Preventing the Prescription of Expired Medicine Enhances Public Health and Trust

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In the past, doctors at the Shapola health centre in the Haska Meena district, Nangarhar have prescribed expired medication despite the potential health risk to patients. Today, clinic officials argue that a severe lack of requisite medication in the health centres in Nangarhar means that the directorate of health permits the prescription of expired medicines. Officials maintain that the out-of-date drugs have medicinal benefits for patients, and do not fully accept the increased danger and detrimental impact for local families, particularly children and pregnant women. The practice of prescribing expired medications also violates public trust in the quality of their local health services.

A villager added that “We do not know when the doctors prescribe expired medicines to ourselves, and to our families.”

Afghanistan Anti-Corruption, Transparency, Integrity and Openness (ACTION) project through the Integrity Watch Afghanistan stepped in to improve delivery of health services in the region. Through an intervention to monitor the Shapola health centre, volunteers became aware that expired medication was being prescribed to patients. Acting quickly, the volunteers checked dates of medicine in the clinic, and advised clinic staff that they are not fit for patient consumption, particularly for vulnerable patients such as children and pregnant women.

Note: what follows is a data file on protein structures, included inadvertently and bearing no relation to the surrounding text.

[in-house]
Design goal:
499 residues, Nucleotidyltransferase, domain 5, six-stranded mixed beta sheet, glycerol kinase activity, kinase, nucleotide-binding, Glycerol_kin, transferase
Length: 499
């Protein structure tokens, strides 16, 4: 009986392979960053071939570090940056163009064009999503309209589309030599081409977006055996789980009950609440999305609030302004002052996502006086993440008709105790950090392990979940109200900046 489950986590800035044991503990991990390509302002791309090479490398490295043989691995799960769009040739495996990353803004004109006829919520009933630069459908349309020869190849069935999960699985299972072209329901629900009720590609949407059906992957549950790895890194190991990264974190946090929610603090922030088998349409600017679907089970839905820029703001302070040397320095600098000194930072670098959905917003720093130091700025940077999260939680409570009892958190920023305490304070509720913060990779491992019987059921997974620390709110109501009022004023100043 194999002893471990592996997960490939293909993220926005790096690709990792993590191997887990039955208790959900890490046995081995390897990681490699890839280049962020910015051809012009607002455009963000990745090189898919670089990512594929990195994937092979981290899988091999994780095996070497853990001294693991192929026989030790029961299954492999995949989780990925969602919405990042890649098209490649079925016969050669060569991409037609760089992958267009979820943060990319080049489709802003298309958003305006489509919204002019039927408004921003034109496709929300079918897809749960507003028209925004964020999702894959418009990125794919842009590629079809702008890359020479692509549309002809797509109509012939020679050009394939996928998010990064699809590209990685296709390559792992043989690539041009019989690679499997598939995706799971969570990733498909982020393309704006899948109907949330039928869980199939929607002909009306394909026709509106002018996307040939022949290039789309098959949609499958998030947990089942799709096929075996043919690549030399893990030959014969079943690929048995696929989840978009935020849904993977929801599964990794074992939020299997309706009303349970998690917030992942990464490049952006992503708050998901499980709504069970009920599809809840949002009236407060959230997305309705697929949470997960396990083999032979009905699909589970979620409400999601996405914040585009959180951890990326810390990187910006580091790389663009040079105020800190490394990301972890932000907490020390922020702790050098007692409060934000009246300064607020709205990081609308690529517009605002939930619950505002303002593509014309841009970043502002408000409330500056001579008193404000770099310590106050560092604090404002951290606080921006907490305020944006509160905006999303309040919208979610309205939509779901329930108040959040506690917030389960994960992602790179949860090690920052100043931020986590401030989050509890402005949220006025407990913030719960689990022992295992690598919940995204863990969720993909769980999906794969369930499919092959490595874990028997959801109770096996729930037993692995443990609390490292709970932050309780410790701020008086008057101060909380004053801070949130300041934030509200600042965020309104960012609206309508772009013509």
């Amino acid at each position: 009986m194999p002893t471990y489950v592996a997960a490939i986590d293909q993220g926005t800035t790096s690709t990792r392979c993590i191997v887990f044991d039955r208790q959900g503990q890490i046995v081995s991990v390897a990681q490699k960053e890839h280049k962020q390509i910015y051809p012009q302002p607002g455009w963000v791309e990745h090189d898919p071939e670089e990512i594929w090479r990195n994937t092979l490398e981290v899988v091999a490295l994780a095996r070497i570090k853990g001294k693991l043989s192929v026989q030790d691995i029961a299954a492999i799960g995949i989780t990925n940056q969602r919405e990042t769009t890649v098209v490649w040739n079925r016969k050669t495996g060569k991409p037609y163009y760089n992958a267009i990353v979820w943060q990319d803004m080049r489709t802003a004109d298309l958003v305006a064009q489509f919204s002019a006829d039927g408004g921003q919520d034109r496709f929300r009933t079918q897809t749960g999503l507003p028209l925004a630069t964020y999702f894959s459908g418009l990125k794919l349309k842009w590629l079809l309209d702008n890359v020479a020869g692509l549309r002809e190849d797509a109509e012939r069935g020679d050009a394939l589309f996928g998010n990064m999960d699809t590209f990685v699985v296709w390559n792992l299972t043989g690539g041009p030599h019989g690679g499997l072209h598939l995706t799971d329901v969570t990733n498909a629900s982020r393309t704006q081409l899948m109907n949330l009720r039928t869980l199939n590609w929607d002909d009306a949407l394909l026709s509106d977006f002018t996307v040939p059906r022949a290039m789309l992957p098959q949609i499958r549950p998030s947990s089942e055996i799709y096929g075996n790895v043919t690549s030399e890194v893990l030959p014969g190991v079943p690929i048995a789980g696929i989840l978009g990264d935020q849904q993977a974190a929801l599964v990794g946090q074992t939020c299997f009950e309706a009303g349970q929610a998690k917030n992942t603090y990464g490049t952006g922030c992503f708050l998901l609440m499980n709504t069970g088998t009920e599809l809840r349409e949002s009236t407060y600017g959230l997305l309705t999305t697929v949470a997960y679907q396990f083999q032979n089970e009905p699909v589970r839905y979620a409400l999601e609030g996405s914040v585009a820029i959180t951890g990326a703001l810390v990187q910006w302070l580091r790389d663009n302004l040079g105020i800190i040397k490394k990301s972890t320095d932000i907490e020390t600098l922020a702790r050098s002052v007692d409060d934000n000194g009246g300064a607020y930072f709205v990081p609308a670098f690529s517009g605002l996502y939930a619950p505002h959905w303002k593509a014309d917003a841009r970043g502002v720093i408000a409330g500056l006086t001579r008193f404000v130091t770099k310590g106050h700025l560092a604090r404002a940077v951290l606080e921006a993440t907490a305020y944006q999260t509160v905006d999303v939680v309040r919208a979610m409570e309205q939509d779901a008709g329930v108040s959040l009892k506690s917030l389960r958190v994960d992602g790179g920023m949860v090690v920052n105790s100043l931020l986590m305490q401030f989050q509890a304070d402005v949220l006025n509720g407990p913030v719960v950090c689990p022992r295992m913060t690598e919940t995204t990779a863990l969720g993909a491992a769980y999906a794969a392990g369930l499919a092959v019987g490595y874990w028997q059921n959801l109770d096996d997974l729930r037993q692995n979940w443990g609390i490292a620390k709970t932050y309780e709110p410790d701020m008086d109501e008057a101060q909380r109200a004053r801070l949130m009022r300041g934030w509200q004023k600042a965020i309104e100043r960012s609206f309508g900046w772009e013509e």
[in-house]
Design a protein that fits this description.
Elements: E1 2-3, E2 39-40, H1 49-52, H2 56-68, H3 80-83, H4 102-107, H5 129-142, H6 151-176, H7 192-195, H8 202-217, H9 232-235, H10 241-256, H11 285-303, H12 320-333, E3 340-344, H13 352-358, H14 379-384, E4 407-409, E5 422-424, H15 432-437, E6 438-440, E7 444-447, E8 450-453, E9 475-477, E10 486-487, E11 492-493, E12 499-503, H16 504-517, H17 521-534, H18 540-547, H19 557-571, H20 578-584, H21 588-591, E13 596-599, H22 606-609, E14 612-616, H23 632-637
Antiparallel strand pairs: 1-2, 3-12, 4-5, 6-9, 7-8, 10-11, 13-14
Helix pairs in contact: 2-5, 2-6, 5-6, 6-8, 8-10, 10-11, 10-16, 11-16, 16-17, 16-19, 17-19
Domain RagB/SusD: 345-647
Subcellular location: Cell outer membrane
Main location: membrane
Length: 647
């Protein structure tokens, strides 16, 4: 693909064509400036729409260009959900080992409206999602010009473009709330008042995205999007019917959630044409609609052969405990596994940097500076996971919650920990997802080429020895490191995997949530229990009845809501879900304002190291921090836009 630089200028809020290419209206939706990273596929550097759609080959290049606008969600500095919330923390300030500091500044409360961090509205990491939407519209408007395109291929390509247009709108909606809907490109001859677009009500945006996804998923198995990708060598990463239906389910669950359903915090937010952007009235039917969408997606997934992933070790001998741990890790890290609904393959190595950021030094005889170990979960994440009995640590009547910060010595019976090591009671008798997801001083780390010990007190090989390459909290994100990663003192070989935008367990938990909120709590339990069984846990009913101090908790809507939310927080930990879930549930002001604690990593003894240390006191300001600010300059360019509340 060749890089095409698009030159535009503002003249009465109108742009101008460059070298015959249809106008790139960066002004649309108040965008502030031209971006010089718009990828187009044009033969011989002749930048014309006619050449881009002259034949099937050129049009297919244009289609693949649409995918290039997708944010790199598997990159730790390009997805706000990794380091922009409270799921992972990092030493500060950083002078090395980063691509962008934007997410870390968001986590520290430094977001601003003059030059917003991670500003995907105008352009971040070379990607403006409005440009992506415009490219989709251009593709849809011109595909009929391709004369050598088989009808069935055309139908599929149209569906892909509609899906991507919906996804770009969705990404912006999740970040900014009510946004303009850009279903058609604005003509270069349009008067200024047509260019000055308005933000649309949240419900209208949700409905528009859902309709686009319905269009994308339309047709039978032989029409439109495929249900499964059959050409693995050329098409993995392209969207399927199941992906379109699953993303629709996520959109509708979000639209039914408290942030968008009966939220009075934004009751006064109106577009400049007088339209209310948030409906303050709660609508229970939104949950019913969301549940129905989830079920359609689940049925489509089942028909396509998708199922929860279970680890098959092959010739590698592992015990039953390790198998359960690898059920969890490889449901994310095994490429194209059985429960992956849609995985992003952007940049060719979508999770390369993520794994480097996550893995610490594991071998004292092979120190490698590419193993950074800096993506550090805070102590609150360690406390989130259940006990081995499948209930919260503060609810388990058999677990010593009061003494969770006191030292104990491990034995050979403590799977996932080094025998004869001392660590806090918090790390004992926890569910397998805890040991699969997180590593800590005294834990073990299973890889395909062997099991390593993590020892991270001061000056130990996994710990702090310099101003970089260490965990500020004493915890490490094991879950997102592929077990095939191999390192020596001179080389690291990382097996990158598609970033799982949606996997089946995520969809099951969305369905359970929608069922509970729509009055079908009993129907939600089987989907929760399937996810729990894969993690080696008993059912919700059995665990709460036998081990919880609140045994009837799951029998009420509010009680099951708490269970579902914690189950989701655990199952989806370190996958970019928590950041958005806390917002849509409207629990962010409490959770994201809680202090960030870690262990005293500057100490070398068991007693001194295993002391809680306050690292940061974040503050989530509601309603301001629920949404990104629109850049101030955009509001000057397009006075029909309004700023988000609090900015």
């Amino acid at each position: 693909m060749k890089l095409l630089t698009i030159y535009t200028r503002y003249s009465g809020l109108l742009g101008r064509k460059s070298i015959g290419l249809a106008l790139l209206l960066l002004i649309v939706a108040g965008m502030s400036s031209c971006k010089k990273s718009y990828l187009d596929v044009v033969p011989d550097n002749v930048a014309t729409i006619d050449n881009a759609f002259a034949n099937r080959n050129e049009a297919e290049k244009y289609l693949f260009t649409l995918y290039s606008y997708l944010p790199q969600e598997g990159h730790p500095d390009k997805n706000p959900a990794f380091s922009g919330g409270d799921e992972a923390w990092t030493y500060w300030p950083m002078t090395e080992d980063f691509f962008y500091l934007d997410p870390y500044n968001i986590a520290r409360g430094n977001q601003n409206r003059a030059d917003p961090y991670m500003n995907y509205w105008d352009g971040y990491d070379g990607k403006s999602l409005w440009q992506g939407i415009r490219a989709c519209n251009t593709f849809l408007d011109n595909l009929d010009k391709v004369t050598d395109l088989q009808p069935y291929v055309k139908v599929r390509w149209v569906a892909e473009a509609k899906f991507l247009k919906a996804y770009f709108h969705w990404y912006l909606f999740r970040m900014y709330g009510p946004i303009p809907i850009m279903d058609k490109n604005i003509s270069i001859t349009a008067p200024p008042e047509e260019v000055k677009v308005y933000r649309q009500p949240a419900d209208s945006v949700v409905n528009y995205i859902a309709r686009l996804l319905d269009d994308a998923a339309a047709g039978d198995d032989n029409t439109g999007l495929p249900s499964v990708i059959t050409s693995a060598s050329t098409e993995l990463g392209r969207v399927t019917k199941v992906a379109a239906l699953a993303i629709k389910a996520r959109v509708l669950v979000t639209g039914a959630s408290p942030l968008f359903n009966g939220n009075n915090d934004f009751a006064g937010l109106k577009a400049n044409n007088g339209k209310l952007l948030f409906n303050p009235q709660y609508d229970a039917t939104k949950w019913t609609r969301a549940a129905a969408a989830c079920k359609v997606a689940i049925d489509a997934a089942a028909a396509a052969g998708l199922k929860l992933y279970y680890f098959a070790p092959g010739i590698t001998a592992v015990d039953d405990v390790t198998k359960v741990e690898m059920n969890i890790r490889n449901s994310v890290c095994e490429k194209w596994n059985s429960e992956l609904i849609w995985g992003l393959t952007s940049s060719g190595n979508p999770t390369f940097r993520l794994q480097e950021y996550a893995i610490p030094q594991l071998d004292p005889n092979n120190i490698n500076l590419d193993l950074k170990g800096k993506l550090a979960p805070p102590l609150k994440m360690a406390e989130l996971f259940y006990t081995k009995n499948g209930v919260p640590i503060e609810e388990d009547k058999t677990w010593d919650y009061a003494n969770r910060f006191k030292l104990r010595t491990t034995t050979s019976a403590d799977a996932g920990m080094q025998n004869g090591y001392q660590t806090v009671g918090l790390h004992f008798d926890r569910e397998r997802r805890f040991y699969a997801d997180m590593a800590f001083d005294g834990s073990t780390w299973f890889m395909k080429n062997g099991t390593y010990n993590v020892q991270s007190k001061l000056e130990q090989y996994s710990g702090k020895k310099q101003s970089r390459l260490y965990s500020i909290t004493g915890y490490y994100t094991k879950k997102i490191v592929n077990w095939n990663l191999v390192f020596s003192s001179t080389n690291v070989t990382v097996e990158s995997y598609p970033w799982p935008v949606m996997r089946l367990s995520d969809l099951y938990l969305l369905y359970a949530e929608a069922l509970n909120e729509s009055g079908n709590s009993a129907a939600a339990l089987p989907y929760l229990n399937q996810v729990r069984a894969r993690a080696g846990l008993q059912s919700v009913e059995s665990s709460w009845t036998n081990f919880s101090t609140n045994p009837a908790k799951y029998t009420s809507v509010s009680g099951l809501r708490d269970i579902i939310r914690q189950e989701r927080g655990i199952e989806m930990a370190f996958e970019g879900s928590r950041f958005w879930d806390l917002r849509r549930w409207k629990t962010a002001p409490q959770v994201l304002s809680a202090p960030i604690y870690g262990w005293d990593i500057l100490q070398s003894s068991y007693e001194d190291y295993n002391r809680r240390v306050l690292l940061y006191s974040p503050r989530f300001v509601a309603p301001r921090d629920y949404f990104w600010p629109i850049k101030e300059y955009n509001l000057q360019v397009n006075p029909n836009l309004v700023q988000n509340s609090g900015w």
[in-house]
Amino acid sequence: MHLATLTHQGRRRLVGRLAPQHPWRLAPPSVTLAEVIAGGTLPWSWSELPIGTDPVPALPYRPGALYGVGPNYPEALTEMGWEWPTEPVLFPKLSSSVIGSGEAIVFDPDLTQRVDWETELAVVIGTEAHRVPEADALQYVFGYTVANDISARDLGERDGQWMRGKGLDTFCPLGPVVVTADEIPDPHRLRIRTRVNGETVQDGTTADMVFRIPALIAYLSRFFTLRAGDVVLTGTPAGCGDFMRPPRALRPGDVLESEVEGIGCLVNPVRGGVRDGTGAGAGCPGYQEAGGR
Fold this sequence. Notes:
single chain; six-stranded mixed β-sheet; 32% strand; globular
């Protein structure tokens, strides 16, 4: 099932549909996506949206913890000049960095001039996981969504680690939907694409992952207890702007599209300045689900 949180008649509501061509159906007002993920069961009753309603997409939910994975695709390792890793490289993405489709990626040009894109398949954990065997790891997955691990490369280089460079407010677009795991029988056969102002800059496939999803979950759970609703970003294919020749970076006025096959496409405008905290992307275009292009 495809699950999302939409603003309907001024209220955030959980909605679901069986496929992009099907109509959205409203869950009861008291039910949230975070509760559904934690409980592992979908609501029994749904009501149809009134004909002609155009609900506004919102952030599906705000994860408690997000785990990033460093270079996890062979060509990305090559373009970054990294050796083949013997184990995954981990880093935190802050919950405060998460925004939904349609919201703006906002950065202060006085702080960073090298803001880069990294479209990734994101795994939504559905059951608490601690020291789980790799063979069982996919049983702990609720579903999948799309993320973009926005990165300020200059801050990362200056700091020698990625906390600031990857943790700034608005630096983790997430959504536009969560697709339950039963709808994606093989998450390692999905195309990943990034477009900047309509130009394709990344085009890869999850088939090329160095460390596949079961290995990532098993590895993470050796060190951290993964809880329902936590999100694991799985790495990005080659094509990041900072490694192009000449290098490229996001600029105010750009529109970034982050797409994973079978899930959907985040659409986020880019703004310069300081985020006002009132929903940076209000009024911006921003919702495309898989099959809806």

Clinic officials insisted they had an official license to prescribe the medication from the Nangarhar directorate of health and ADDA, an NGO supporting health services in the area. However, the volunteers (accompanied by a local representative from the village) persisted, and finally convinced the clinic officials to stop prescribing the out-of-date medicine and dispose of them with immediate effect. The drugs were returned to the Nangarhar directorate.

The removal of the expired medicine, and preventing future prescription, will have major health benefits for the community; reducing risk to patients, and improving both public health and the quality of available health services. Having a representative from the village accompany the volunteer increases civic engagement. Importantly, monitoring of the clinic by volunteers has led to enhanced public trust.

The village representative, who participated in the monitoring of the clinic, said:  “After this, I will check every medicine expiry date that I take either from the local clinic or from anywhere else. What happened today, has never happened before in our community”

This initiative is part of Afghanistan’s Anti-Corruption, Transparency, Integrity and Openness (ACTION) project to increase public trust in, and transparency of, Afghan Security and Justice institutions and is generously funded by Royal Danish Embassy.